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Undergraduate Research Opportunities in Mathematics

In the Mathematics Department

There are a variety of undergraduate research opportunities in mathematics at Maryland.

  • Some recent undergraduate research projects of math majors

    You can get an idea of some of the past research of math majors by looking over a list of some of their past research projects, with links to reports and in some cases published papers.

  • Research Interaction Teams

    Qualified students may join a Research Interaction Team (RIT) of mathematicians at varying levels (professor, postdoctoral fellow, graduate student, undergraduate student). Please explore our current RITs.

  • The Experimental Geometry Lab

    The Experimental Geometry Lab allows undergraduates to work in a team environment and develop object-oriented software to explore properties of non-Euclidean geometries.

    After exploring the Experimental Geometry Lab web site, students may contact Dr. Bill Goldman for additional information.

  • Daniel Sweet Undergraduate Research Fellowship

    Starting in Fall 2007, the Norbert Wiener Center will be offering a research fellowship in honor of Dan Sweet. Information about this fellowship will be available on the Norbert Wiener Center website.

  • Ride the Putnam Express

    The Putnam Examination is the premier national mathematics competition. The Mathematics Department runs a course each fall, "The Putnam Express", to prepare students for this competition. Success on the exam is a great credential for graduate school admissions and financial support. Working on the challenging preparation problems is in some ways like mathematical research, and it is a useful preparation for actual mathematics research.

    Interested students may contact Dr. Brian Hunt for additional information.

  • SPIRAL - Summer Program In Research And Learning

    The Math SPIRAL summer program in the Department of Mathematics at the University of Maryland in College Park is a multi-year program funded by the National Science Foundation (NSF) and the National Security Agency (NSA). Working with a group of affiliated minority serving colleges and universities, we bring gifted college sophomores and juniors to the College Park campus for a six-week intensive program to prepare them for graduate study in the mathematical sciences.

  • MATH 452 Projects. In the course MATH 452 (Introduction to Dynamics and Chaos), independent student projects have the flavor of research and are usually a significant part of the course.

  • Advanced coursework.

    A student whose interest in mathematical research extends to getting a PhD. in Mathematics should consult carefully with department advisors on appropriate preparation. There are two ways a student may engage in advanced coursework:

    • Reading Courses

    • Departmental Honors students may register for MATH 498 as a reading course. Permission to register requires a contract between the student and the instructor that specifies what the student is to accomplish during the semester and how the student's progress is to be assessed. Please contact Dr. Michael Boyle ( for additional information.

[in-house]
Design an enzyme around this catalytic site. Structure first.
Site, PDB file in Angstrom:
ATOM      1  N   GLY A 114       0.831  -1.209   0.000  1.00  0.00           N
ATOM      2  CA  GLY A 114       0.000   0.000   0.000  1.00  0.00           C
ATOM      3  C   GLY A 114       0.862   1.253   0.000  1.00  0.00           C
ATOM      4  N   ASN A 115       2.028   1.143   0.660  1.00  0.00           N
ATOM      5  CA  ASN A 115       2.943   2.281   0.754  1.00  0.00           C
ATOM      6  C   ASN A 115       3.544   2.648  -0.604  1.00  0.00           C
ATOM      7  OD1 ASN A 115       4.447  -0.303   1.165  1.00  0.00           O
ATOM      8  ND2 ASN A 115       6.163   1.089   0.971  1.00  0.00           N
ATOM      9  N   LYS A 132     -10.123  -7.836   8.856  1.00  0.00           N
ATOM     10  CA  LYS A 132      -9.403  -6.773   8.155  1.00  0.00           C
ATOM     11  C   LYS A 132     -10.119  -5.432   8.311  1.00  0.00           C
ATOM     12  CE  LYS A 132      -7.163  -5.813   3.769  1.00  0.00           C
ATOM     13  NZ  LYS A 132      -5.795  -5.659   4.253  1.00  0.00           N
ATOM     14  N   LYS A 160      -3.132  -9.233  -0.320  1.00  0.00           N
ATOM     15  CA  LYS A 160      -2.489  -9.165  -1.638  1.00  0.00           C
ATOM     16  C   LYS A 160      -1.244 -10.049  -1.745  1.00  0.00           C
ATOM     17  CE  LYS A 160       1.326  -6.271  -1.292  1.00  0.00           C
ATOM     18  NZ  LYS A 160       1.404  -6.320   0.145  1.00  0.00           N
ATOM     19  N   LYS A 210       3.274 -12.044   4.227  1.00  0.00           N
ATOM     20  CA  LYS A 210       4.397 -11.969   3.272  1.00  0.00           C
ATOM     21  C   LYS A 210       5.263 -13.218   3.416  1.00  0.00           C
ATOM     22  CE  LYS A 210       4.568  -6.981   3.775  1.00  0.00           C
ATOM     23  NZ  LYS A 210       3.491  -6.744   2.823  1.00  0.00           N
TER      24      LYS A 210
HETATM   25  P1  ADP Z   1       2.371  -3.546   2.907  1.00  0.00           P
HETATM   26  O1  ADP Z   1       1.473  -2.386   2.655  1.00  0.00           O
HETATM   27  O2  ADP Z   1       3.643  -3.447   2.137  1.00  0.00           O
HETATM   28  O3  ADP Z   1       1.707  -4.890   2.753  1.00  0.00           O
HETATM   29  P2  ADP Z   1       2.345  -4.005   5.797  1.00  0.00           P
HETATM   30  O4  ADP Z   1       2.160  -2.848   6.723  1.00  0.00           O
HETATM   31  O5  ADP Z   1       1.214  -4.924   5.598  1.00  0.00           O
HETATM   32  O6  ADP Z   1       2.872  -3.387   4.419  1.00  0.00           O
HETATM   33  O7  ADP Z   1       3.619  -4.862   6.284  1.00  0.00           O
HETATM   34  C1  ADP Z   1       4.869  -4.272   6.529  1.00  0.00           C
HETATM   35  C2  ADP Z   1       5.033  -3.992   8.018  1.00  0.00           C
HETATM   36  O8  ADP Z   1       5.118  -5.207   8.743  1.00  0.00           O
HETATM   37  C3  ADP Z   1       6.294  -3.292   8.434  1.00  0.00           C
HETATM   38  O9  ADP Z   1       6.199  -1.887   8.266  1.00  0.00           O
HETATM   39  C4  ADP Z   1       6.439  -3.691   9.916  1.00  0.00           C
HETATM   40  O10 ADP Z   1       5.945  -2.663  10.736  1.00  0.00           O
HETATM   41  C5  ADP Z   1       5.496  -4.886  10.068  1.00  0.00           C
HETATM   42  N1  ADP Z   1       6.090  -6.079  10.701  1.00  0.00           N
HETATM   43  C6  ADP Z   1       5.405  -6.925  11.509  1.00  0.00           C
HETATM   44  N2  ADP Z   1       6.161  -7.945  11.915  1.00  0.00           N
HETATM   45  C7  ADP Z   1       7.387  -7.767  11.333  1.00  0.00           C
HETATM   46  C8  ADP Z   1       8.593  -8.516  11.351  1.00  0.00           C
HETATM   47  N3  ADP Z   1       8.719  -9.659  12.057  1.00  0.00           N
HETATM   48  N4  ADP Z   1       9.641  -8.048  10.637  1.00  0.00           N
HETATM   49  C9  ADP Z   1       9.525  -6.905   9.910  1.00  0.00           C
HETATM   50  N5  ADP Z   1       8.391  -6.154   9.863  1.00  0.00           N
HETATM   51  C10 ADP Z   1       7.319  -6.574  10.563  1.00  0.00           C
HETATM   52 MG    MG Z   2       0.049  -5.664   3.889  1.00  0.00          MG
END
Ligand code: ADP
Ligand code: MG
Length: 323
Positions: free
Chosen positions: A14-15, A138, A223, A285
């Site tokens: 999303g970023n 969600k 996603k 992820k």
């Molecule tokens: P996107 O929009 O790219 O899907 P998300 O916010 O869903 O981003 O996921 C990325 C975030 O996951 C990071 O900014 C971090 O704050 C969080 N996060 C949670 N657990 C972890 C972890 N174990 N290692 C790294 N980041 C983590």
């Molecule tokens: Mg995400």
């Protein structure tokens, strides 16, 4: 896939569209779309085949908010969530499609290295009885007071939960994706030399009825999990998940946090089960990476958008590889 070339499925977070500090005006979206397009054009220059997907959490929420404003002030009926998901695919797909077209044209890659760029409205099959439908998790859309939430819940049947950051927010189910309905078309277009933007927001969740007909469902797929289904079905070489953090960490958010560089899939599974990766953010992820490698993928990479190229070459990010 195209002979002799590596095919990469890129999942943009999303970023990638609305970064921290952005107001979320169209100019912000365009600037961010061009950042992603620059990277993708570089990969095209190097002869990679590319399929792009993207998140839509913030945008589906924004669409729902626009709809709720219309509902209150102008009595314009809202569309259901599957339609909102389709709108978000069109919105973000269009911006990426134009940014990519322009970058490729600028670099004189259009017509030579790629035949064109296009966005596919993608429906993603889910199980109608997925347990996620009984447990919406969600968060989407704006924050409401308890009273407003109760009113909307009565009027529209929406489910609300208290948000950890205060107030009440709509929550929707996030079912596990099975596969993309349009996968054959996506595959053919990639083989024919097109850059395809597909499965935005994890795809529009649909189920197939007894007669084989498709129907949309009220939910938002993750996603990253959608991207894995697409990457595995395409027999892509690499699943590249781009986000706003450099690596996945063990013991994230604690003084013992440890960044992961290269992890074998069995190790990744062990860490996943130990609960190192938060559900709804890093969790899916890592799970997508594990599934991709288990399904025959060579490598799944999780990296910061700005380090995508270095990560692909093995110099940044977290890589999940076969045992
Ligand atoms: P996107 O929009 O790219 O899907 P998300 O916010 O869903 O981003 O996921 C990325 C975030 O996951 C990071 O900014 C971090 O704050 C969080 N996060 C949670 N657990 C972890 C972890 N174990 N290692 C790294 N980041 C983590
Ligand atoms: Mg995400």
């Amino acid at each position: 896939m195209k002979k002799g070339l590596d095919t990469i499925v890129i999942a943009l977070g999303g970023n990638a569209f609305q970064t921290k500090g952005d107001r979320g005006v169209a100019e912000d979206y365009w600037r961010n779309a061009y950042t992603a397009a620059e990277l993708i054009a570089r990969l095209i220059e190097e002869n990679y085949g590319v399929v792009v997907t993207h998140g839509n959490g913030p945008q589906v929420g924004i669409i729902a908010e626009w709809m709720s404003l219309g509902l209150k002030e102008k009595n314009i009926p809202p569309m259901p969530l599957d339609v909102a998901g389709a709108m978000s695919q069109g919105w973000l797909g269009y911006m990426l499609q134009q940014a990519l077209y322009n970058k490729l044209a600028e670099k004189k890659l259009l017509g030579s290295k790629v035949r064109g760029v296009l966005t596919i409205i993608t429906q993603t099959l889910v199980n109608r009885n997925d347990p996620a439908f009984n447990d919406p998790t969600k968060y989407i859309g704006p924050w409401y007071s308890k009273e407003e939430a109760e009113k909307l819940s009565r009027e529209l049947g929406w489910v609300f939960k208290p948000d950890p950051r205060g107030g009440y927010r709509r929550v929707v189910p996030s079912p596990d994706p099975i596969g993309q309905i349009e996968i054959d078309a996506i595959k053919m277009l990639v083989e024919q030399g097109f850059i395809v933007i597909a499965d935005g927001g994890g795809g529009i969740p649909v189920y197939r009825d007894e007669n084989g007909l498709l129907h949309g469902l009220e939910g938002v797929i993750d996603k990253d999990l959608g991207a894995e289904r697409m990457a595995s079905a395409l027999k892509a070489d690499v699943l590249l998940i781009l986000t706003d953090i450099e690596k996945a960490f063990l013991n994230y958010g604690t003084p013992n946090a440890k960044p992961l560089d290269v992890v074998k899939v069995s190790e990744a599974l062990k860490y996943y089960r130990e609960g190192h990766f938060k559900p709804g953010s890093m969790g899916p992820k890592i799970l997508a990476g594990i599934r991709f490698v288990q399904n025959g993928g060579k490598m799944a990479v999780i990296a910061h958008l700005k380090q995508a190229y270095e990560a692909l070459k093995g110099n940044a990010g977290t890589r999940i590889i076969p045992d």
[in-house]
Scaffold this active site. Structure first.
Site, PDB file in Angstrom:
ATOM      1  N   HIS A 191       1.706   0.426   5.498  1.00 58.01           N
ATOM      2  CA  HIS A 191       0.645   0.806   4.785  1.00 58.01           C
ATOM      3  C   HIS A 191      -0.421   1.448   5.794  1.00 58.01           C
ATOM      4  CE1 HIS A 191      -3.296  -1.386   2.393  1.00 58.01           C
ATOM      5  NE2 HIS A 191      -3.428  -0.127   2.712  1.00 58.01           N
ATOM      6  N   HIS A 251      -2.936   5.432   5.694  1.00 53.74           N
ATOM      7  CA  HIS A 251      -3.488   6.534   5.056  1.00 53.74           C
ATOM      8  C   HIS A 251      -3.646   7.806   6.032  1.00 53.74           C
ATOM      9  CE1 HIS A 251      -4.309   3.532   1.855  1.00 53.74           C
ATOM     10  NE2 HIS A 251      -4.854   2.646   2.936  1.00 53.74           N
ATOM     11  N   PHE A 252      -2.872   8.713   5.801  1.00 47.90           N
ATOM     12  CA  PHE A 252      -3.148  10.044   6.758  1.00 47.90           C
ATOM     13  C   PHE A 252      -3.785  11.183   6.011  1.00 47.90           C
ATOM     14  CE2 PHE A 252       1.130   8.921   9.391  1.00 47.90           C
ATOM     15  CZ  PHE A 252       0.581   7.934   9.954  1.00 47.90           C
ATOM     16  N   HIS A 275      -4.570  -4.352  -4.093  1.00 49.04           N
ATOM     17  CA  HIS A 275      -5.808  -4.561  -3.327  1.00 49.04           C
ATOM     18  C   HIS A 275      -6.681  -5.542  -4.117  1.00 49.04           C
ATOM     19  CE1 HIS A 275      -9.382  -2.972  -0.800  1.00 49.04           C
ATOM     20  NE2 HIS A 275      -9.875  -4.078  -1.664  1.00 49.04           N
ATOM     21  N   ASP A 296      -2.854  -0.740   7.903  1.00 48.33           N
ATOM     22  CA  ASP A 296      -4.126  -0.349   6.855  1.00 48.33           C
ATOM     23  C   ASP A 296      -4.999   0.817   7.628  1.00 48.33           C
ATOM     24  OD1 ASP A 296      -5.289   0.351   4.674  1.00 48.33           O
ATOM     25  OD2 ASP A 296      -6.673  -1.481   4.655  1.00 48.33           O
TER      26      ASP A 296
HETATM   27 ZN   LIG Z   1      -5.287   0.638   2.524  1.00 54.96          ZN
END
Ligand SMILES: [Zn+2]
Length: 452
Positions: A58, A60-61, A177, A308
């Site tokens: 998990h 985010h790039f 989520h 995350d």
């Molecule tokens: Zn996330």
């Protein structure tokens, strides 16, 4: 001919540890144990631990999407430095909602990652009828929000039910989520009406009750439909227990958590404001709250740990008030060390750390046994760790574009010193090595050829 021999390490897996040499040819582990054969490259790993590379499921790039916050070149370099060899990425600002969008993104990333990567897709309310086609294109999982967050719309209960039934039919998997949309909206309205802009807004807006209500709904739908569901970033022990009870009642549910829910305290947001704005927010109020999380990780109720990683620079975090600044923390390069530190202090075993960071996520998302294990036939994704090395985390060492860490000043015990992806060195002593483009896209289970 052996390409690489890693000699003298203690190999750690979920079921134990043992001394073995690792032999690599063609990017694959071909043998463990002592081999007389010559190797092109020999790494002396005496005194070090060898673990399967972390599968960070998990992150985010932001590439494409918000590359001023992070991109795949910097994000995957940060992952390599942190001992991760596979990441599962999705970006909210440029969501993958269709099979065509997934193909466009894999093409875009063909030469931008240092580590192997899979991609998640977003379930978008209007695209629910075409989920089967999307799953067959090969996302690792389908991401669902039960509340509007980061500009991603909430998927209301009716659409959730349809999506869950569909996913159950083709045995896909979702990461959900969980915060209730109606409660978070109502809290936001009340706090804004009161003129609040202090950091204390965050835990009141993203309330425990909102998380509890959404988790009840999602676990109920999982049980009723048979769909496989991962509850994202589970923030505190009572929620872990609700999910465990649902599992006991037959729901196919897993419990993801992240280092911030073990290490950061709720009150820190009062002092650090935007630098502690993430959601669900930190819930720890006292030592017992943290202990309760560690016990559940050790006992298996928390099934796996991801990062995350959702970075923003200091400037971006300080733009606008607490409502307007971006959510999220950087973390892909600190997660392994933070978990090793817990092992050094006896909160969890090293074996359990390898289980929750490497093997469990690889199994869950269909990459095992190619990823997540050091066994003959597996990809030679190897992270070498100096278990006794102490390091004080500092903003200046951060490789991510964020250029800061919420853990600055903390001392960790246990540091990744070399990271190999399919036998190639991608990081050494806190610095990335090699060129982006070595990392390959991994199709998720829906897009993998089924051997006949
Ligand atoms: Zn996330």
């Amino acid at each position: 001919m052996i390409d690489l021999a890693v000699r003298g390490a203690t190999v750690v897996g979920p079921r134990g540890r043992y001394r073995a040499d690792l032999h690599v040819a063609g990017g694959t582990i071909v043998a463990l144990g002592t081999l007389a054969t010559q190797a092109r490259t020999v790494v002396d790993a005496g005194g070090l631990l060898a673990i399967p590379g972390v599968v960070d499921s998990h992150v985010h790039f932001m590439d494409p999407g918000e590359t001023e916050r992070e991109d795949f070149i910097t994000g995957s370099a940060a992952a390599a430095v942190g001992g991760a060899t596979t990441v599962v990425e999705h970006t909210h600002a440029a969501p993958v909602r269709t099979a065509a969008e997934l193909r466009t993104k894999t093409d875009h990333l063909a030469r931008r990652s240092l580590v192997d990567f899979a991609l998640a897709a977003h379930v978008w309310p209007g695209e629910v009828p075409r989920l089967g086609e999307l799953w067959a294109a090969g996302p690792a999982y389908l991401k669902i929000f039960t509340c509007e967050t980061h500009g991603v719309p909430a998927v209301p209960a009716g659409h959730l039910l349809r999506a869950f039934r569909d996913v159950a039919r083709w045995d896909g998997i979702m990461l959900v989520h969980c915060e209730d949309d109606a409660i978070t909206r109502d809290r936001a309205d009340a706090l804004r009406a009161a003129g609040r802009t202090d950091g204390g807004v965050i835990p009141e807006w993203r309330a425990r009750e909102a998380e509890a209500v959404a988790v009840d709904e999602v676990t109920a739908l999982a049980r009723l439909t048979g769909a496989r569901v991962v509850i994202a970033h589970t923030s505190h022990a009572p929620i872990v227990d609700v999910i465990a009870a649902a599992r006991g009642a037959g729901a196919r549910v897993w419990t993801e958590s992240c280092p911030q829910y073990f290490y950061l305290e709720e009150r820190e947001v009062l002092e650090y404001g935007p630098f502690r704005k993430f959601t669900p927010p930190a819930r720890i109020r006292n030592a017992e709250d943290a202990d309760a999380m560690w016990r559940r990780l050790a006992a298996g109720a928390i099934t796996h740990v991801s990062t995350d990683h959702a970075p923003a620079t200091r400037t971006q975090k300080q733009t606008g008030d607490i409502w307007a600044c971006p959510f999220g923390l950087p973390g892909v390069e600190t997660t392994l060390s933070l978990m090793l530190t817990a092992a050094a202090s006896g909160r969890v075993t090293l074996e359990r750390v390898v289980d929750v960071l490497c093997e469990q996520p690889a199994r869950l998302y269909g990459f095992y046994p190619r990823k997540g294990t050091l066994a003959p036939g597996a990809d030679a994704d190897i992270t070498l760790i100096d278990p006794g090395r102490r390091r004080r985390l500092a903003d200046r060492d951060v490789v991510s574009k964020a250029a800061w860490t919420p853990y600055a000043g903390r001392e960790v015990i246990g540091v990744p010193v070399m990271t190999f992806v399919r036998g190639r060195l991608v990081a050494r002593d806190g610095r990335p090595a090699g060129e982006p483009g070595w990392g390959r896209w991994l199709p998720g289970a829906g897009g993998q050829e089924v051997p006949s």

• Graduate Level Courses

    • It can be extremely useful for qualified students to take graduate level mathematics courses as an undergraduate. This path is one of the Departmental Honors options. This option is arranged through the Undergraduate Advisor and requires the permission of the course instructor. In addition, the College of Computers, Mathematics and Physical Sciences has a specific policy regarding undergraduates within CMPS taking graduate level courses.

  • Be free!

    The mathematics department has put together these various structures, hoping to facilitate the research and involvement of capable students. Students: take these as opportunities, but not as limits. Always, follow the math that intrigues you, and talk to your professors. Professors like bright students who want to work. Much of the best stuff comes idiosyncratically. Let your mind grow wherever the light shines.

Elsewhere on campus

TREND is a very special summer opportunity for financially supported training and research experiences in nonlinear dynamics. Apply before the end of March.

The Maryland Center for Undergraduate Research is the campus resource center for undergraduate research, with information on Undergraduate Research Day and the Undergraduate Research Assistant Program.

Nationally and beyond

There is a large array of undergraduate research opportunities (a.k.a. REU's, research experiences for undergraduates) in mathematics . Below are some sites which have assembled REU links.

Here is a very incomplete list of some additional REU's (mostly for summer--with spring application deadlines). The red ** means that we know of some Maryland undergraduate who has participated and had a strongly positive experience.

Undergraduate Mathematics Conferences

There are several established undergraduate math conferences: